BENGALURU: The verdant 500-acre patch of the Turahalli forest on the outskirts of the city has had to face the onslaught of urbanisation over the years with dumping of the city’s garbage, littering, encroachment of the forest land and even poaching. But two years ago, a group of women said ‘enough is enough’ and took it upon themselves to bring the forest back to life through a sustained drive to protect and preserve it. Today, the fruits of their efforts are there for all to see.
The forest, situated in the South-Western part of the city, has a hillock, two temples and is home to mongooses, hares and peacocks. It has gained popularity for its cycling and trekking trails which, on the flip side, have also led to increased instances of littering. Residents who stay on the edge of the forest claim the area has become a haven for drinkers, especially at night. In addition, a lot of waste is dumped by the two temples within the forest, and encroachments are rampant.
About two years ago, when trucks would regularly dump garbage inside the forest, five women from the apartment ‘Sobha Forest View’ at the forest’s edge decided they had to do something to clean the forest. To raise funds to buy equipment for cleaning, they collected old newspapers from houses in the apartment complex and sold them — a practice that they still follow. They named themselves #SaveTurahalli, and began a weekly cleanliness drive, where they would collect the garbage and put it outside the forest to be collected by a BBMP vehicle.
Over time, #SaveTurahalli was joined by more members, both residents of the apartment complex including kids, and regular visitors to the forest, and their activities also diversified.
Sowmya Kashyap, one of the five members who started the drive, said, “We have done different things during different seasons. We helped douse forest fires in the summer of 2016, while during the monsoons we planned a ‘Vanamahostsava’ and planted 500 saplings. Recently, we helped douse another fire and undertook a seed ball activity. .”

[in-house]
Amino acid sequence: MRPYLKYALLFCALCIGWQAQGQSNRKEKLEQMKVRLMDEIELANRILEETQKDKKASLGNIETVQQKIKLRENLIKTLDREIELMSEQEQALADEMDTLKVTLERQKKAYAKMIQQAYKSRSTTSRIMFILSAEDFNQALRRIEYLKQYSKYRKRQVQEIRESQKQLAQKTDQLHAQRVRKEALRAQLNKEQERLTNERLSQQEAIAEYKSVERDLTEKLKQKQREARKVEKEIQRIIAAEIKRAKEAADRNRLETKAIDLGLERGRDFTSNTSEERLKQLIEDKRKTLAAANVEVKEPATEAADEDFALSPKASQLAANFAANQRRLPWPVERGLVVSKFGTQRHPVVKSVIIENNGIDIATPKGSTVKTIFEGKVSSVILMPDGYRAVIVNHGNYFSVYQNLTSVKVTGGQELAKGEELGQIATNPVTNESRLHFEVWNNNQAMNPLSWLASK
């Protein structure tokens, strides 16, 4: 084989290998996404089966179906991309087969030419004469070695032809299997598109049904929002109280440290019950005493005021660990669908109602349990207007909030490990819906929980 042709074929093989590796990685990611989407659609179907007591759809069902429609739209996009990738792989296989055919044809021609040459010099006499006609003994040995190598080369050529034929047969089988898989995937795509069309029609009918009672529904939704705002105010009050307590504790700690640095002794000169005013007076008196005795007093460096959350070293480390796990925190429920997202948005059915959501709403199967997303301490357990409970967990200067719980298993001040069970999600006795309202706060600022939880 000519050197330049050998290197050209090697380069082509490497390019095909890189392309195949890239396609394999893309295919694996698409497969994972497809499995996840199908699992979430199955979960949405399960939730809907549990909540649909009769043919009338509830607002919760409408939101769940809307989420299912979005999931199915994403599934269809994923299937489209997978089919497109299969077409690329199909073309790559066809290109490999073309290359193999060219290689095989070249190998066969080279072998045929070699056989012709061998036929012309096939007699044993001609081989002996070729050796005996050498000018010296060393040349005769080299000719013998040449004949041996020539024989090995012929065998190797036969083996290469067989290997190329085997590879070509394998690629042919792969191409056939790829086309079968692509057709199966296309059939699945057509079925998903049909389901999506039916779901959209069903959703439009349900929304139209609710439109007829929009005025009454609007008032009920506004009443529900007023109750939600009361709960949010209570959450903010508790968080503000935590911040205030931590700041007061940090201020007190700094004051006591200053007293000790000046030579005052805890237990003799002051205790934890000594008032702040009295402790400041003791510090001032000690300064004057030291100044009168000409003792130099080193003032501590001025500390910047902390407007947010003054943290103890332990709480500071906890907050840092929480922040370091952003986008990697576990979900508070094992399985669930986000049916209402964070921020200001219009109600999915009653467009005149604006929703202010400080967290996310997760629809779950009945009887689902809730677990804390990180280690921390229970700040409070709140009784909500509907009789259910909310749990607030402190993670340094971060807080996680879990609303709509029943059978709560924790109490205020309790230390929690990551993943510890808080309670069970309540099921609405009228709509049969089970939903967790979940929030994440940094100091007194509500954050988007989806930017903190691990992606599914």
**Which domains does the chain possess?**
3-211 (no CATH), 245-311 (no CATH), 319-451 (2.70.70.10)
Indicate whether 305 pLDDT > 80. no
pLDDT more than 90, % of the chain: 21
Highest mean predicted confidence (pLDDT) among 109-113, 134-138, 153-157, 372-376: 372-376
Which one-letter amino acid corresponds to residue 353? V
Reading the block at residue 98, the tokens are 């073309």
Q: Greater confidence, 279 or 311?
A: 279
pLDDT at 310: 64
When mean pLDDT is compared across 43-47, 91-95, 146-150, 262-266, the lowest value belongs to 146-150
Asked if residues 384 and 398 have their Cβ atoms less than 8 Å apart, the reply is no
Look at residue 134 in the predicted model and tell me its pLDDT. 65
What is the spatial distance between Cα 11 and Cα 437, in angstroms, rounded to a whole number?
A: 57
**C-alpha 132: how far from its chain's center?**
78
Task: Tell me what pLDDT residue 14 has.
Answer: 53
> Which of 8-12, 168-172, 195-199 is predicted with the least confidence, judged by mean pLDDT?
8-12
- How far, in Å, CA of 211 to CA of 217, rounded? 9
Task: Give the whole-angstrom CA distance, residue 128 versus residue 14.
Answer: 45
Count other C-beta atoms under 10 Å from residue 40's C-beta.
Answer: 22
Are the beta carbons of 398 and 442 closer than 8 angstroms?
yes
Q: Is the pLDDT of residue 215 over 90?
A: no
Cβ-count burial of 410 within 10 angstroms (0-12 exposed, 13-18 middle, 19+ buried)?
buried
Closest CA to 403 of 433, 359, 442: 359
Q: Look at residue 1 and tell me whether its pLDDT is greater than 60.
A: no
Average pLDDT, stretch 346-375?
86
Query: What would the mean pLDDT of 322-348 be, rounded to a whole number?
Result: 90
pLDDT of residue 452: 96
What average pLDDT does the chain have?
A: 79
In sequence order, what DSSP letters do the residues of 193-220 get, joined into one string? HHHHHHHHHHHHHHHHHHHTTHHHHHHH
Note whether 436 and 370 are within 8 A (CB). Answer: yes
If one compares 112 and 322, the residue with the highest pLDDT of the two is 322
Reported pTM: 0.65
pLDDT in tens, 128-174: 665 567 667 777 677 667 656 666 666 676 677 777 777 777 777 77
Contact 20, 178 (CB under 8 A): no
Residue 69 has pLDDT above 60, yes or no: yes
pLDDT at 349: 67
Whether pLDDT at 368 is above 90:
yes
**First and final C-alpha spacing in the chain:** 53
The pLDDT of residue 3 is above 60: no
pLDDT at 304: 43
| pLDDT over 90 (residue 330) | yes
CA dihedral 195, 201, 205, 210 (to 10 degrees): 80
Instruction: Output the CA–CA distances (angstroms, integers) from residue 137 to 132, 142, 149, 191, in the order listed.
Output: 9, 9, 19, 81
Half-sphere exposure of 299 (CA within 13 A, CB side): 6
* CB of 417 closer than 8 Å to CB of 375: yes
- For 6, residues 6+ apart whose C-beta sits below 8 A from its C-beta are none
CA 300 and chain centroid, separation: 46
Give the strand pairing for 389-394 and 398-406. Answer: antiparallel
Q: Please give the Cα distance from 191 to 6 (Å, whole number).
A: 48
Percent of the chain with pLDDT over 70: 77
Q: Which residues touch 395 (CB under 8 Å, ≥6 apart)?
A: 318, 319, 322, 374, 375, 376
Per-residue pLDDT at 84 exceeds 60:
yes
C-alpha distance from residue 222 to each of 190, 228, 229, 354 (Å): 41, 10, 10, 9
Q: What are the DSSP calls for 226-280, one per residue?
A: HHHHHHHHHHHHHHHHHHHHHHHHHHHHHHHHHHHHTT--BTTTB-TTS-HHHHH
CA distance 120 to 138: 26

Sowmya said they would regularly find broken bottles of alcohol and even packets of firecrackers. The garbage would attract dogs, which would chase the peacocks. Chopping of trees and cattle grazing was also rampant. The residents then got in touch with the Forest Department, and they found an ally in Dipika Bajpai, DCF for Bengaluru Urban district.
Padmini Palaparthy, another of the group’s initial members, said earlier they did not have contact with any forest official. But now, every member of the apartment complex has Dipika’s number, and if anyone notices any illegal activity, the officer is informed.
As the residents have become guardians of the forest, Dipika has encouraged them to walk inside it. And their support is essential, she says, as the lack of a compound wall makes it very difficult to control entry of people.
The department has carried out multiple eviction drives within the forest, and has successfully ousted some encroachers. In November 2017, encroachers were evicted from 18 acres of forest land. Dipika says these activities are carried out by a mafia comprising builders and developers. “They commit forgeries and concoct land records in connivance with Revenue officials. And when we try to take action they go to court and get a stay order,” she said.
The DCF said she had tried to procure funds from the department to erect a compound wall or a fence around the forest, but was not able to, and is now looking for CSR funds. In addition, there are only 2-3 staff members who work in shifts to keep a watch on the forest. In such a scenario, the citizens’ assistance has come as a much wanted relief for the department.